Tuesday, August 18, 2009

River Potatoes...

River Potatoes line up to pay dearly for a hot dog and a drink at the Hot Dog Man's island stand near Devil's Tea Table.

River potatoes (AKA tubers to most folks) are the most common recreational users of the Lower Delaware River during the summer. Like a 'couch potato' in front of the TV, river potatoes truly are "one with the river." Basically you soak your butt in the water and paddle with your hands, spinning like a top down the river.

We set off in our canoes on a hot Monday afternoon from the Kingwood access to Bulls Island State Park, through what could be called the "potato patch."

Tubing is not the best way to get down the river for anyone afraid of fish, snakes, snapping turtles, dragonflies or eels. Of course most people don't have a clue, or at least are in denial that such critters exist in the river. That is until I happen by and yell out: 'Look at the size of that water snake!"

Tubing is a time honored activity that was not too long ago limited to those who found their own truck tire innertubes. Some places along the river still sell them (Muellers Store).

It's become big business and on any given summer day when the river is not running too high, the river between Frenchtown and Point Pleasant is filled with river potatoes bobbing like so many brightly colored Lifesavers. Between the two primary livery services there can be thousands of tubers on a hot weekend day.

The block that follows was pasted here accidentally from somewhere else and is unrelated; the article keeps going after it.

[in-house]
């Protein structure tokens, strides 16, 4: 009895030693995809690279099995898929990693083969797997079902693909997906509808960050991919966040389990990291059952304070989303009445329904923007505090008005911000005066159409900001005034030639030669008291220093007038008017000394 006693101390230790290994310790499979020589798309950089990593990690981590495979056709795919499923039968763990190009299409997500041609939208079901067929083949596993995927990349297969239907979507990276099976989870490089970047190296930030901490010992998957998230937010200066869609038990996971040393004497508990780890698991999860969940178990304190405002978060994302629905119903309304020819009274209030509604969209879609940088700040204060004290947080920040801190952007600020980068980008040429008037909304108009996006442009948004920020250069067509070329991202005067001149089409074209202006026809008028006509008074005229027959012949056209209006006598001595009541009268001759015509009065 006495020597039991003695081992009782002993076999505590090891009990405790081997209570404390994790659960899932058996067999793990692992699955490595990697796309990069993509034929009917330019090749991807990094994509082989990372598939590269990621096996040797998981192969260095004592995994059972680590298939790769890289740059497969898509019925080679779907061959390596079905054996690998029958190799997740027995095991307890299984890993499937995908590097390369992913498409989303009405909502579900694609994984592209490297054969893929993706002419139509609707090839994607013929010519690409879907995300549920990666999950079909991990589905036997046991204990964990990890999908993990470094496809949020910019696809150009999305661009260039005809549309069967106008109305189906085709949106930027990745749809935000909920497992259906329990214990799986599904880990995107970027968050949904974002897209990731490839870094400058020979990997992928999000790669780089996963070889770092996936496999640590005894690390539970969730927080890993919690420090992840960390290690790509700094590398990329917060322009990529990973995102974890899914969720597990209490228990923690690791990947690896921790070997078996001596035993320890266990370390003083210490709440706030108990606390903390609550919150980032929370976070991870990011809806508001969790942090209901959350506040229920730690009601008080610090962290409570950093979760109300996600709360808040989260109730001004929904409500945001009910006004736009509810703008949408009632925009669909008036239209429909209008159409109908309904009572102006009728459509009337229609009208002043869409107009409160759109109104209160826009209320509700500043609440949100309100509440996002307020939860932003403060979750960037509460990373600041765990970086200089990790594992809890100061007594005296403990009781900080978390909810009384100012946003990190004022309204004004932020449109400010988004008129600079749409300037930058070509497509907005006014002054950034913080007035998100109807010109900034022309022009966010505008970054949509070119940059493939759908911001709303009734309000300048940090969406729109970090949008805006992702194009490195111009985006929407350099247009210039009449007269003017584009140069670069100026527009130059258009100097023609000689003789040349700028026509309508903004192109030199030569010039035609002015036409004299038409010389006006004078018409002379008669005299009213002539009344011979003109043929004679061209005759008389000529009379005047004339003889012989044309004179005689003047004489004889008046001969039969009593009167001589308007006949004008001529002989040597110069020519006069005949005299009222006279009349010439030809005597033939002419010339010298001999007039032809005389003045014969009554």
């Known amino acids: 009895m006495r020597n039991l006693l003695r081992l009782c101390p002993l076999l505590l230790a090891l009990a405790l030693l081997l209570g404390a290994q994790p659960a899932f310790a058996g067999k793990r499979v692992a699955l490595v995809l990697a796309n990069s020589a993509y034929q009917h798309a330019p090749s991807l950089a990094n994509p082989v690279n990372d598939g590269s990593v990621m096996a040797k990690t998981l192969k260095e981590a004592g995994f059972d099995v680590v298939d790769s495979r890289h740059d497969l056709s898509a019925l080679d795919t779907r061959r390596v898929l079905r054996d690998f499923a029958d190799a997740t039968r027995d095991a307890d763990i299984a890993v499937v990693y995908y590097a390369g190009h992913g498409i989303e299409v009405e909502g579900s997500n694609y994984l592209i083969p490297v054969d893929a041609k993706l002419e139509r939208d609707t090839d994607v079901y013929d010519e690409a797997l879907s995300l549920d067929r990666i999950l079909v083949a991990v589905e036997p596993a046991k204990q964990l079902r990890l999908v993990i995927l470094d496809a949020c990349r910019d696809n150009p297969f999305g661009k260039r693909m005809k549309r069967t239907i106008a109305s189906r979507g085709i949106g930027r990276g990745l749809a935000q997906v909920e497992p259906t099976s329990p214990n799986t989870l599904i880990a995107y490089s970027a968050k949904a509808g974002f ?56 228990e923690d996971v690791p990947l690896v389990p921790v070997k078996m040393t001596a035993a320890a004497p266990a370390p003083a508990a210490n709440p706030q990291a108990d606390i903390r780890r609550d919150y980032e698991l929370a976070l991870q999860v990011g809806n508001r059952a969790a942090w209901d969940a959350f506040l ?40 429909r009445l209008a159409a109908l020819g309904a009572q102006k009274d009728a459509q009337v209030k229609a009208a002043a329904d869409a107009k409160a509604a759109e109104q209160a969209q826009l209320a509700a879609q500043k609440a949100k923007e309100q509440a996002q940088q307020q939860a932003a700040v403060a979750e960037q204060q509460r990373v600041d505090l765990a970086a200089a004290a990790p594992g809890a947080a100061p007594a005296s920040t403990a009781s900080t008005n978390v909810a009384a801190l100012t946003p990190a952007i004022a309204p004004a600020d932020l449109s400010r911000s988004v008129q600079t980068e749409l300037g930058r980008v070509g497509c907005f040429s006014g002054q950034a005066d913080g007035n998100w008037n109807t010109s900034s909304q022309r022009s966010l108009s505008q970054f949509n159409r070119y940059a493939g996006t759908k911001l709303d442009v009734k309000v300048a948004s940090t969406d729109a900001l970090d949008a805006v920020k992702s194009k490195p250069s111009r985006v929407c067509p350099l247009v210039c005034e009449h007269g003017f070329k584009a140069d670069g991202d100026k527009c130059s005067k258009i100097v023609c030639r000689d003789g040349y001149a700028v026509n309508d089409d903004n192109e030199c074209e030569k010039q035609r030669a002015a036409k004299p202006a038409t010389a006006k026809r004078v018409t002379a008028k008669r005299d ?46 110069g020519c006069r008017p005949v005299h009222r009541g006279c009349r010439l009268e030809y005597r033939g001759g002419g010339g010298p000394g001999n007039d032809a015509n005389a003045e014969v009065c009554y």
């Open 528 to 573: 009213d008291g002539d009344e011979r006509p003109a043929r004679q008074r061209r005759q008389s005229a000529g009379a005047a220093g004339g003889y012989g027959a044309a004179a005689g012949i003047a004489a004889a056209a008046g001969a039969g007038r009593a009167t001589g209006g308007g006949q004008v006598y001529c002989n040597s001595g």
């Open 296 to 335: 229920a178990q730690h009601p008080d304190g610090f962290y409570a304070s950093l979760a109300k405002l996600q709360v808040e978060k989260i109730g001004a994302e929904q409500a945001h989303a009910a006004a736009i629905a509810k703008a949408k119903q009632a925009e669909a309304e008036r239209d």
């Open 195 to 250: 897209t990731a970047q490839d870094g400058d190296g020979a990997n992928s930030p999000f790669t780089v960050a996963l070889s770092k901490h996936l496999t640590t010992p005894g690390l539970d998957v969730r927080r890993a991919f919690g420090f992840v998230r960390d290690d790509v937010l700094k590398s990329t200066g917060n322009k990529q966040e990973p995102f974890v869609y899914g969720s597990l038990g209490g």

The masters of the river potato patch are a story unto themselves. The Hot Dog Man and the self-proclaimed King of the River (Bucks County River Country) keep busloads of tubers on the river. They also are former business partners who have been engaged in a low grade war that's has been mostly fought in the local press.

Much could be said about the potential impacts that these businesses have on the river in terms of trash, litter and fecal contamination. That will have to await further research. For sure this topic is not on the radar screen of any environmental agency or river advocacy group, but it should be. Meanwhile, thousands of people get their first look at the river as a river potato and that alone is a good thing. No doubt some river potatoes evolve and buy their own innertube or move up to a kayak.